Editor’s note: Sept. 24 marks Gold Star Mother’s and Family’s Day, a holiday with roots that pre-date World War II and serves to honor those whose sons, daughters, parents and siblings have made the ultimate sacrifice.

Marine Lance Cpl. Christopher Phoenix-Jacob Levy made such a sacrifice Dec. 10, 2011, three days after suffering fatal wounds during combat operations in Afghanistan’s Helmand province. That story, told here by Levy’s Gold Star Mother, Amanda Jacobs, is one of thousands honored by family members and others not just on Sept. 24, but throughout the year:


He was 11 when 9/11 hit ... and I picked him up at school. They were shutting down schools, they were shutting down everything. At this point, only one of the towers had fallen. And by the time I’d picked him up, the second tower had fell. He was curious about what’s going on and I said, “Well, they’re thinking it’s terrorists. They don’t know.”

And he said, “I want to get the person who did that.”

And I said, “Well, they’ll get him.”

He said, “No, I’m going to get him. I want to be a Marine.”

He’d never mentioned anything about the military. And I was like, “Well, by the time you get old enough, all the threats will be over.” Of course, in my lifetime, I’d never seen any extended wars. You’d have some conflict, and no big deal. So I had no reason to believe it wouldn’t be over by the time he’d graduated high school.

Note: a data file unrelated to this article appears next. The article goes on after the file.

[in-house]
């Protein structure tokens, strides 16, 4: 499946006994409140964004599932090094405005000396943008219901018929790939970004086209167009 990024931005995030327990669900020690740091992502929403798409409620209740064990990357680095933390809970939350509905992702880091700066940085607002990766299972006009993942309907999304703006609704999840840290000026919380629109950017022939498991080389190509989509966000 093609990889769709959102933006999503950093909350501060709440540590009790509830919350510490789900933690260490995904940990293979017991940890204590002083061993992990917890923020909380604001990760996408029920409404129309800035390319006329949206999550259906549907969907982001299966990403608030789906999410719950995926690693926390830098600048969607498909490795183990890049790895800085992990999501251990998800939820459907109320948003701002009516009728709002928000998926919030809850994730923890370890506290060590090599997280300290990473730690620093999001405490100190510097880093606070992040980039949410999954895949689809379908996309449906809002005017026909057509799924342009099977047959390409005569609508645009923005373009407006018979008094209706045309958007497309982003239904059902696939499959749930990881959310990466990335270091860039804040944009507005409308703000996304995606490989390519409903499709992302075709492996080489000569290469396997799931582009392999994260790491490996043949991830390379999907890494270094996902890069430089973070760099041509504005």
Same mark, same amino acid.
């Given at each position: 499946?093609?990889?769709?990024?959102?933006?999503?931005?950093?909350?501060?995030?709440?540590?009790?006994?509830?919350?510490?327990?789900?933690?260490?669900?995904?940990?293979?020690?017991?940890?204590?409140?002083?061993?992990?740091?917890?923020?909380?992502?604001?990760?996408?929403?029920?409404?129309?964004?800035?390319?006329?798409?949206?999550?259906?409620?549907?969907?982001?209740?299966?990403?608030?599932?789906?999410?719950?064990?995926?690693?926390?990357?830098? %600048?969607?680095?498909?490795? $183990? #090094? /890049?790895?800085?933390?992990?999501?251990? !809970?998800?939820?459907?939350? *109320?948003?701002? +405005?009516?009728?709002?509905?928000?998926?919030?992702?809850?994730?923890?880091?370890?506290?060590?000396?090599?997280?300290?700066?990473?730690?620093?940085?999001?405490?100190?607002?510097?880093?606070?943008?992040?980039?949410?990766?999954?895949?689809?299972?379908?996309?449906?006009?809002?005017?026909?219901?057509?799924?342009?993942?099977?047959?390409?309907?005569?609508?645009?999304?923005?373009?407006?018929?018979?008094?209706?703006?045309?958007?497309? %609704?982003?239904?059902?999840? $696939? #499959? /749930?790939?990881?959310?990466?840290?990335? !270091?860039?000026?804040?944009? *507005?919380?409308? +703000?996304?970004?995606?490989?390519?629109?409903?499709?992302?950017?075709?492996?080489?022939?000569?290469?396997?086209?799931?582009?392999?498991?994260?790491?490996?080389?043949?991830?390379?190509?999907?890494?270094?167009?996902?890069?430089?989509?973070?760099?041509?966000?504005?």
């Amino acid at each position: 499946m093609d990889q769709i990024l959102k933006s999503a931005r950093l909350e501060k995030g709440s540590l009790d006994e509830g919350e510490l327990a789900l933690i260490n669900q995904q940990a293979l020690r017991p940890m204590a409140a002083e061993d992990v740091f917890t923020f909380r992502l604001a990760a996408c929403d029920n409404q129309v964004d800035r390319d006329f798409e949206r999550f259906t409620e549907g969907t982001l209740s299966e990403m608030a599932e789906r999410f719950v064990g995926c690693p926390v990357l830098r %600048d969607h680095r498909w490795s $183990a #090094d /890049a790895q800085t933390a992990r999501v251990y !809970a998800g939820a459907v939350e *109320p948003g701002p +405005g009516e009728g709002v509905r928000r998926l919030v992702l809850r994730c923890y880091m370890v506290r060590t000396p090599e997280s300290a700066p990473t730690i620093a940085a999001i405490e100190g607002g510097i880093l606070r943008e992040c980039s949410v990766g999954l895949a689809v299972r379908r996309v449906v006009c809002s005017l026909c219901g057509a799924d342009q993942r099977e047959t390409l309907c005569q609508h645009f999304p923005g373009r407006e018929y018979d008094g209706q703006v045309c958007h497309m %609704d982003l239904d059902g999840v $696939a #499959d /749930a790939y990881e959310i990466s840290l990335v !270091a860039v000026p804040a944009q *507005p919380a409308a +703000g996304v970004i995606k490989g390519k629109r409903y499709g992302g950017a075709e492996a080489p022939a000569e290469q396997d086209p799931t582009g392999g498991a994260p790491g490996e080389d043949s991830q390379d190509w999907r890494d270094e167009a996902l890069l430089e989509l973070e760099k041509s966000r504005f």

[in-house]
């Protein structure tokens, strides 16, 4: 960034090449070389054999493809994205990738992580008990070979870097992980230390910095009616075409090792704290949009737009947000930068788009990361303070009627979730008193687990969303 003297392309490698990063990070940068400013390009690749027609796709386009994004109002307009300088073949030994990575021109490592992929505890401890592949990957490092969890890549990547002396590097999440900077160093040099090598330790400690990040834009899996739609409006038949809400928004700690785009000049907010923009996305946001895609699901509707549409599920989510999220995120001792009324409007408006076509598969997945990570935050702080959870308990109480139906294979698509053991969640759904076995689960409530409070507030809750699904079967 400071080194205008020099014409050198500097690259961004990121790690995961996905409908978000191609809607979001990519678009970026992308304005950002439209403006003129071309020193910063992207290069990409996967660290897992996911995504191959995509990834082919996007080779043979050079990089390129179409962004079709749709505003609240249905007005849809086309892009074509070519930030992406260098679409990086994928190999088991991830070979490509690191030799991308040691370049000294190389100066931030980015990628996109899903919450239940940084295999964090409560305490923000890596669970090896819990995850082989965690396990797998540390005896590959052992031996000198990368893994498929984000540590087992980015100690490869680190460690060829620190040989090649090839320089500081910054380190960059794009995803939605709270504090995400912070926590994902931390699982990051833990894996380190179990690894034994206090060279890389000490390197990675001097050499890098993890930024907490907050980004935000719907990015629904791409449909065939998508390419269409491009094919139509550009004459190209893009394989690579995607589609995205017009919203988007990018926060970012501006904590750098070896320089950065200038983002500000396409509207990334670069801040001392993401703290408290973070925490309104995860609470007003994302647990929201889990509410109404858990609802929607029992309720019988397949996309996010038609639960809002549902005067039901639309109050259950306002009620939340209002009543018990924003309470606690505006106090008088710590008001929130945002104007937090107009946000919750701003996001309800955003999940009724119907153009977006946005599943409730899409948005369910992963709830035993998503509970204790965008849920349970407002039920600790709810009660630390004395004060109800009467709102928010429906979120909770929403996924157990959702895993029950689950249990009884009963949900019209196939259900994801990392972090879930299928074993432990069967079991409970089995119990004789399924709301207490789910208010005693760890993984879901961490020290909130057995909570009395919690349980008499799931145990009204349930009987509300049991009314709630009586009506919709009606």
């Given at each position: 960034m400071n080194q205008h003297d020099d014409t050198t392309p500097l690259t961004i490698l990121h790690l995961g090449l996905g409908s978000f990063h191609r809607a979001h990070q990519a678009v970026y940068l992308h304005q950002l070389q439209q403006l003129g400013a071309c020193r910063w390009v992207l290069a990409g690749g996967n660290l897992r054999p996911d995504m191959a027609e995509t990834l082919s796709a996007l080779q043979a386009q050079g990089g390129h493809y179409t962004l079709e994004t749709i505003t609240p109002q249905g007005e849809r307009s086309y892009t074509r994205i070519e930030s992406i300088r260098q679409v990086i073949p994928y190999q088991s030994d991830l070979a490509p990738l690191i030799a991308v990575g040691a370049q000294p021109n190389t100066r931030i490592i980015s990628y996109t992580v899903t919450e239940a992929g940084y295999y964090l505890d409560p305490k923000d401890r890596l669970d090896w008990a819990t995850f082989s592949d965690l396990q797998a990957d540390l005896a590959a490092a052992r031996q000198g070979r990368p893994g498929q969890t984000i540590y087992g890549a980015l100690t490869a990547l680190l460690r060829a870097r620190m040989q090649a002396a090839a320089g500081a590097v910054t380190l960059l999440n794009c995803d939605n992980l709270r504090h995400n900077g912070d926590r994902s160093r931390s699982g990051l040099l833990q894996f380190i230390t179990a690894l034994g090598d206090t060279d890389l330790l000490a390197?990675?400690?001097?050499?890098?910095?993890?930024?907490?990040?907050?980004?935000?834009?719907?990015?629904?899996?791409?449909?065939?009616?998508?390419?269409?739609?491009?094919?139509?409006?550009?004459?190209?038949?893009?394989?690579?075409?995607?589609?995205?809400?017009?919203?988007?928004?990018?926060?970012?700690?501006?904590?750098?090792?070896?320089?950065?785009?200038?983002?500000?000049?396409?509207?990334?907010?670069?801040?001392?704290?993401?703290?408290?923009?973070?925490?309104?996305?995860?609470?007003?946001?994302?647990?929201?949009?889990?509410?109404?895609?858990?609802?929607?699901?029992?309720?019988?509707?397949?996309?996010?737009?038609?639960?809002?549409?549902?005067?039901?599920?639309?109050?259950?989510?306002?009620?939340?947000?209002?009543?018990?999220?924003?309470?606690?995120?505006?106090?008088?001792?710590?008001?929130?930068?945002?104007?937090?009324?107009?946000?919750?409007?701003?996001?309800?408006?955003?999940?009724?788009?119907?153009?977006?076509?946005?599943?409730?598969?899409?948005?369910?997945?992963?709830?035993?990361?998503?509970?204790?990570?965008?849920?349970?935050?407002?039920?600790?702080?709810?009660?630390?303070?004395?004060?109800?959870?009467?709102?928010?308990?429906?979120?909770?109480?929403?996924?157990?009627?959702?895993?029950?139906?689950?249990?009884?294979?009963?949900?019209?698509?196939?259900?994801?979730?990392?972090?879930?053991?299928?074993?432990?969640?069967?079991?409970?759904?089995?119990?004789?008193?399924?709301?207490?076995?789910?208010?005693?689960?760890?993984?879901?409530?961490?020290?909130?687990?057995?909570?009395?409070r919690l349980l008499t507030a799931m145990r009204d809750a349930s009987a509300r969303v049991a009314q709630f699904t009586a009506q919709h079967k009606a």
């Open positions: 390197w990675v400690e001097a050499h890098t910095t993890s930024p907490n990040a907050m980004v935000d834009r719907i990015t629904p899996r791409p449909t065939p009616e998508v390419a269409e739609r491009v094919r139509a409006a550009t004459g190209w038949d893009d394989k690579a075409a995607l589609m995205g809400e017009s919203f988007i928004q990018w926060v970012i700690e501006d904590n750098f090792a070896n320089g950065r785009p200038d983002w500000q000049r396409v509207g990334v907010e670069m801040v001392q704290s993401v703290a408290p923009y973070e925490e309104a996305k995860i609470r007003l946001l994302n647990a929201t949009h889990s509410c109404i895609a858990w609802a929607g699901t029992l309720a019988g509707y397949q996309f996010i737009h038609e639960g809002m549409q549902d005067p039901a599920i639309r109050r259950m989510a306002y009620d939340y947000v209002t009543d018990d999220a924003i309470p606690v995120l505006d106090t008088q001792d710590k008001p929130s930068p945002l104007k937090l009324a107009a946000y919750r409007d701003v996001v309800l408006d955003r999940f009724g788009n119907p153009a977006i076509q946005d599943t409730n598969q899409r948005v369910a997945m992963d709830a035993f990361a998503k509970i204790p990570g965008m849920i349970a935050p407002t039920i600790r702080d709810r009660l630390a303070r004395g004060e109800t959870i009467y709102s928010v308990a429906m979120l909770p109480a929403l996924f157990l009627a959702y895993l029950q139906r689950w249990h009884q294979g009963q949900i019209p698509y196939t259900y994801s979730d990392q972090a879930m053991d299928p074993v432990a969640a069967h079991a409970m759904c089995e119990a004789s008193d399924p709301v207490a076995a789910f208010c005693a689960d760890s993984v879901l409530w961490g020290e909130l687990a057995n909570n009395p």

Unfortunately, in 2009, when he graduated, it still wasn’t over. He did the Delayed Entry Program with the Marine Corps and left Father’s Day of 2009 for boot camp, which was probably the longest 13 weeks of my life. You know, you’re used to talking to him every day, seeing him every day, fussing at him every day, then all of a sudden, 13 weeks and I’ve got to wait for someone to tell me I can talk to my kid? I was not a happy mom.

He came home, he graduated, and I just remember at his graduation, he pulled me to the side and he said he had a gift for me. …

For 18 years, I got nothing but handmade stuff from school, or pictures, or something — kids don’t really think, “Oh, I need to invest in something for Mom and Dad for their birthday,” which is fine.

He had bought me a ring. A smaller version of his Marine Corps ring. … He said, “Mom, I’m a Marine and I only made it this far because of you.” …

He told me he got what he wanted for his MOS. And I said, “Really? Tell me what you’re going to be doing, what you’re going to be working on.” And he said, “Infantry!”

Again, not what I wanted to hear, but he was happy.

Lance Cpl. Christopher Phoenix-Jacob Levy in Afghanistan, the day he would suffer a fatal gunshot wound. (Courtesy of Amanda Jacobs)
Lance Cpl. Christopher Phoenix-Jacob Levy in Afghanistan, the day he would suffer a fatal gunshot wound. (Courtesy of Amanda Jacobs)

Levy would be stationed at Camp Lejeune, North Carolina, only a three- or four-hour drive from his family home.

He called and said, “We’re going to Afghanistan. To combat.” I’m like, not good, not good. Outside looking in, all of us ordinary people were seeing that it’s really getting crazy over there, with bin Laden, and they’re trying to find him, they can’t find him. He said, “Don’t worry, I’ll keep you posted.”

We had a lot of conversations, nothing to really freak out about. So we’re watching the news, and of course he tells me, “Don’t watch the news. I’ll let you know if I’m OK.”